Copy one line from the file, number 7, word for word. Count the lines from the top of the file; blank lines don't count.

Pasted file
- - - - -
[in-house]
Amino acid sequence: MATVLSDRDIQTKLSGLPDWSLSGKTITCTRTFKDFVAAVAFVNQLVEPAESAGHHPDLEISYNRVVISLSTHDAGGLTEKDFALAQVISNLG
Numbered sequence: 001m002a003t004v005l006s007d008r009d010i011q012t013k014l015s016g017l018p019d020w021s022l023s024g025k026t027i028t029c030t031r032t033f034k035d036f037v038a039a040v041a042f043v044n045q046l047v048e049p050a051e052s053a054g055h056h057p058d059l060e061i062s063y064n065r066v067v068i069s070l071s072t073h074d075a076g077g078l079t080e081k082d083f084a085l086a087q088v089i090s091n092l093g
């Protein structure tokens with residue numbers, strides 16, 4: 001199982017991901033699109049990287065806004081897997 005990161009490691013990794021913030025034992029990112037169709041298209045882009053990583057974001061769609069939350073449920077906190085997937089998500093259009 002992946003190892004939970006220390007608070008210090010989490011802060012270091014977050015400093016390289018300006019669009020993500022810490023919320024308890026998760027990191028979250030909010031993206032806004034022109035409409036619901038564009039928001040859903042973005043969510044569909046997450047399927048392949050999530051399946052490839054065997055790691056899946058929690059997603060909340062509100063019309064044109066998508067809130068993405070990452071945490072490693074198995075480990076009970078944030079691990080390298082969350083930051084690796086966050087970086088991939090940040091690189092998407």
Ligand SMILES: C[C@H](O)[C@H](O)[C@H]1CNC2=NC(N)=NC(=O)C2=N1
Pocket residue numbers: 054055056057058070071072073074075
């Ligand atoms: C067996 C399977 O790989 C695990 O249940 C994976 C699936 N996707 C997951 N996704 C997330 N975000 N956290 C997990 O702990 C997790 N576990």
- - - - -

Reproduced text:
């Ligand atoms: C067996 C399977 O790989 C695990 O249940 C994976 C699936 N996707 C997951 N996704 C997330 N975000 N956290 C997990 O702990 C997790 N576990």